Feasts and solemnities are to be celebrated in churches without profane forms prohibited by the sacred canons; and in music, gravity and ecclesiastical decorum should be observed. Choirmasters are to refrain from capriciously altering or postponing the words of the Psalms and Hymns and form those interminable repetitions, which tire the devotion instead of nourishing it. Outside of the music commonly called a cappella, instrumental music shouldn’t be made without our special permission; the ones that are too clamorous and not suitable for the church are always prohibited. During the sung Mass and likewise during the Exposition and benediction of the Blessed Sacrament, organists should not be allowed to perform pieces of theater music on the organ, which sound profane, but they should try to foment recollection and devotion, which is the only reason music in the churches is permitted. The superiors of the churches will be responsible for the fulfillment of all this, and in case of negligence fined ten scudi, to be applied in pious works.[3]

Since its ancient foundation at the service of the solemn celebrations of the Popes, the Sistine Chapel Choir has continued to propose the “ancient style” in the Sistine Chapel in the Vatican, in the Pauline Chapel in the Quirinale, in the Vatican Basilica, and in various Roman churches. The most performed composers are Giovanni Pierluigi da Palestrina († 1594) and his imitators: Felice Anerio († 1614), Gregorio Allegri († 1652), Tommaso Baj († 1718), Claudio Casciolini († 1760), Giovanni Battista Fazzini († 19th cent.), Giuseppe Ottavio Pitoni († 1743), Leandro Piazza († 1817) and Pasquale Pisari († 1778).

In particular, Leo XII had a great admiration for Giuseppe Baini († 1844), who at that time directed the papal singers. For Pope Leo, Baini wrote music, expressed judgments — often negative — on new musical works, and developed plans for musical development. He composed the motets for 4 voices: Corona aurea, for Leo X’s coronation (October 5, 1823), Petrus apostolus et Paulus doctor for his taking possession of St. John Lateran (June 13, 1824), and a Tantum ergo because the Pope “wanted to listen to a different Tantum ergo than usual.”[4] In 1826, Baini presented to the Supreme Pontiff a “plan regarding the erection of a singing school in the House of Industry existing at the Baths of Massimiano called Diocleziane, and a project for a Conservatory of Music.”[5] Despite Leo X’s positive response, with which on June 14, 1826 “the present plan is approved and its prompt execution is committed to the Apostolic Visitor of the House of Industry,” the project remained on paper.[6]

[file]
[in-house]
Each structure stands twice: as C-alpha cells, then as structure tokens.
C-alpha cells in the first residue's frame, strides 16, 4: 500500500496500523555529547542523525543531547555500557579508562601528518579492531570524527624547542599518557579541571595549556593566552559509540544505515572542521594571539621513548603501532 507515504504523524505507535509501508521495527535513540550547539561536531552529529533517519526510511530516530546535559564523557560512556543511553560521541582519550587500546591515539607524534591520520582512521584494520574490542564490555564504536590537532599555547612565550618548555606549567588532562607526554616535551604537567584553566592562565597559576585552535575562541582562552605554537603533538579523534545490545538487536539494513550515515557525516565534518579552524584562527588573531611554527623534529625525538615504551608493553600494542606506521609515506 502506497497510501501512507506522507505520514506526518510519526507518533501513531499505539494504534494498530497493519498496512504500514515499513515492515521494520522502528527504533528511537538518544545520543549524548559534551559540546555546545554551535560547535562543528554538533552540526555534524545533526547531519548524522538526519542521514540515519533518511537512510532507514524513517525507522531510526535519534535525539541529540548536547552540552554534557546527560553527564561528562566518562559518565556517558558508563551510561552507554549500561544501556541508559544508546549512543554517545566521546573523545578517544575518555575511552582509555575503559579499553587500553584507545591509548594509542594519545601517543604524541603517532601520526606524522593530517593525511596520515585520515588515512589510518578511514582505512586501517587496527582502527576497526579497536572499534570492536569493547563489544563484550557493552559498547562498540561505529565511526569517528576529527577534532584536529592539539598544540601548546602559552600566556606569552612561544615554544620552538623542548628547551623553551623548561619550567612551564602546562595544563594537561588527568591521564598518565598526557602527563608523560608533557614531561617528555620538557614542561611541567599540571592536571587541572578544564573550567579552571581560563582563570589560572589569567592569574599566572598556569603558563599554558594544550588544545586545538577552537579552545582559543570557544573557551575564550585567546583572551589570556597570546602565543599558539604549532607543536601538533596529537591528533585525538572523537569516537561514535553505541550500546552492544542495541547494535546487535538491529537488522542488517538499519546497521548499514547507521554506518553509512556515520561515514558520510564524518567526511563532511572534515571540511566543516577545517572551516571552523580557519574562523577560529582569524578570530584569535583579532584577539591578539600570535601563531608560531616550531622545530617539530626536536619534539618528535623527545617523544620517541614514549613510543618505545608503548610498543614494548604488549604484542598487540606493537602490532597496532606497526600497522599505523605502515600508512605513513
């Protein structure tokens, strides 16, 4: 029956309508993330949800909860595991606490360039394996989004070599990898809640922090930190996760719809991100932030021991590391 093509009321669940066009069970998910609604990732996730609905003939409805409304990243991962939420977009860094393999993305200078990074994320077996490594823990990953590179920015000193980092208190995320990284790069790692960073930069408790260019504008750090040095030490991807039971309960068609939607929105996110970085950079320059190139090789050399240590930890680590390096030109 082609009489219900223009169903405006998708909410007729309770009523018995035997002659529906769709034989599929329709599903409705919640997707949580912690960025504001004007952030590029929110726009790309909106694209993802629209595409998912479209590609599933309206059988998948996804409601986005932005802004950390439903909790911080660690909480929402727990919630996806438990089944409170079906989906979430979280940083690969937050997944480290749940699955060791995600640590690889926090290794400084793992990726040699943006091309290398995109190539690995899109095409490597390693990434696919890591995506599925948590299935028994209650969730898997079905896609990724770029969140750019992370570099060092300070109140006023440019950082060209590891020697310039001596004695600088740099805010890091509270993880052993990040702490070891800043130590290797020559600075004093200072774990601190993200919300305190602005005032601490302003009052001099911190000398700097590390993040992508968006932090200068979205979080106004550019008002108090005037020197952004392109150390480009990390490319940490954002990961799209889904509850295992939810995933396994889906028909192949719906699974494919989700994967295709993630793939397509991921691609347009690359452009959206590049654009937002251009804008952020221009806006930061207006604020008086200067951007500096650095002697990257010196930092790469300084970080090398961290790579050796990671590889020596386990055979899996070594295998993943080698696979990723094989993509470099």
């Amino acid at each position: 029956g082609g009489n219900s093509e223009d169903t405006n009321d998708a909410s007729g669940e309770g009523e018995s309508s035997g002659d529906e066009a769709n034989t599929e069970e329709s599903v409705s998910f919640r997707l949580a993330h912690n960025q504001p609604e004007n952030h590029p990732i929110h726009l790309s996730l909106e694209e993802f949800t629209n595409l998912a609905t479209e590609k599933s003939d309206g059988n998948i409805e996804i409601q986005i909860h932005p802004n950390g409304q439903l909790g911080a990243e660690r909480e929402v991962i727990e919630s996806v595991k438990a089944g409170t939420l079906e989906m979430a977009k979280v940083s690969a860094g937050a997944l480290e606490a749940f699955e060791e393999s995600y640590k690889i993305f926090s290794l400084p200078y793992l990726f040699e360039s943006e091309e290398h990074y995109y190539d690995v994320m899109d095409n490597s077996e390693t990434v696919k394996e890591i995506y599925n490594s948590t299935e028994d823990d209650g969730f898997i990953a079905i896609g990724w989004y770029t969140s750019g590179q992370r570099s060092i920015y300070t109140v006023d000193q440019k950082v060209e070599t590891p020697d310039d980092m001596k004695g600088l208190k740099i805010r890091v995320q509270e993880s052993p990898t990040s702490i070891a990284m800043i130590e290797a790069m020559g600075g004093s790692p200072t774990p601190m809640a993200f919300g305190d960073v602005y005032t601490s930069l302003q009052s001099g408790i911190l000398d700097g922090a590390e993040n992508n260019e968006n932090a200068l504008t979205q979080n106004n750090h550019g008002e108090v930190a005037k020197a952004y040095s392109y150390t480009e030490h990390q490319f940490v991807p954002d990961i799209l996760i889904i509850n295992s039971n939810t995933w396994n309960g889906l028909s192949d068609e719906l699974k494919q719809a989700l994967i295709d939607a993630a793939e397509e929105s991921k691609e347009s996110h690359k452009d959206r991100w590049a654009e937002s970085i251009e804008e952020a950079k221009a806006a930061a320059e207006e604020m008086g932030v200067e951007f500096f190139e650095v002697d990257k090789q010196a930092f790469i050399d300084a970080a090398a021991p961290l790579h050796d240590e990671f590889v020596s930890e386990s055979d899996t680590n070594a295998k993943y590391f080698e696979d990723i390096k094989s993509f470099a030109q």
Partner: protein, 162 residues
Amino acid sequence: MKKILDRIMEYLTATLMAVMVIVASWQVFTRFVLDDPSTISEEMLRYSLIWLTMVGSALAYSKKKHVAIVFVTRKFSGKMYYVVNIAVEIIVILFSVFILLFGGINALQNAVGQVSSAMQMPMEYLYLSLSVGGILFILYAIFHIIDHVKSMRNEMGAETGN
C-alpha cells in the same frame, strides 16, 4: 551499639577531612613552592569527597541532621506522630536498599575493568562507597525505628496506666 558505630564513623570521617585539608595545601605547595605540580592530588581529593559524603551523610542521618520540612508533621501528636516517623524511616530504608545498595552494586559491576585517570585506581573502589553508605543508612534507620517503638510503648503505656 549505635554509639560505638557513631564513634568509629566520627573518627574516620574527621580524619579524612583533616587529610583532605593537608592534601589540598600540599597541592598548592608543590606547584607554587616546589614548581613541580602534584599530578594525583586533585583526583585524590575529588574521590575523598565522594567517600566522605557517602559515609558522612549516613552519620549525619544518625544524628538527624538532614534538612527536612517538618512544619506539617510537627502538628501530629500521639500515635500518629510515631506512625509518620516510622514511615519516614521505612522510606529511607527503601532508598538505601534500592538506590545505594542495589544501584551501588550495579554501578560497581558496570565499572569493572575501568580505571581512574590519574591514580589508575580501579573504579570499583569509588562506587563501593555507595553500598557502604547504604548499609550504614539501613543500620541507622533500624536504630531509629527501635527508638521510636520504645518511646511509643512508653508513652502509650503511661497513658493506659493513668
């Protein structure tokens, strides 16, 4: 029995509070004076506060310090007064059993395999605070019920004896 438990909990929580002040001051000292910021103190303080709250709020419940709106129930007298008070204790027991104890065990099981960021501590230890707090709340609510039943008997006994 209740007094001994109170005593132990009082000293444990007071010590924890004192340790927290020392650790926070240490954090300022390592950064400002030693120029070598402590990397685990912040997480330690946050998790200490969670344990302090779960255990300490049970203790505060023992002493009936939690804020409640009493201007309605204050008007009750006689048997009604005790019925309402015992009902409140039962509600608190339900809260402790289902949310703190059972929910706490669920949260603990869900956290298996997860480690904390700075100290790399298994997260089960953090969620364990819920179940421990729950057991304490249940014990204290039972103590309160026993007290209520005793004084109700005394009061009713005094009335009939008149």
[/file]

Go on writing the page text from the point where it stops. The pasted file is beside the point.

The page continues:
Leo XII, Pope of the “conservative victory,” or the last Pope of the ancient régime? Guilty of personalism, liberalism, excessive reformism, “of having kept the Napoleonic reforms in force and the administrative staff who had supported them, and of having made excessive concessions in his relations with governments”?[7] Leaving the answers to others, let’s recall for him the dream of a great and integral spiritual restoration of the Christian world, which includes the hearing of good, true sacred music.


[1] PIUS X, Tra le sollecitudini, November 22, 1903.

[2] PAUL VI, Speech, November 22, 1966; our translation.

[3] F. ROMITA, Ius Musicæ Liturgicæ, Rome 1947, p. 99; our translation.

[4] L. M. KANTNER, A. PACHOVSKY, La Cappella musicale Pontificia nell’Ottocento, Rome 1998, p. 108; our translation.

[5] Rivista d’Italia, Rome 1904, p. 276; our translation.

[6] J. A. LA FAGE, Essais de diphthérographie musicale, Parigi 1861, p. 544; our translation.

[7] J. M. LABOA, La Chiesa e la modernità, Milan 2001, p. 19: our translation.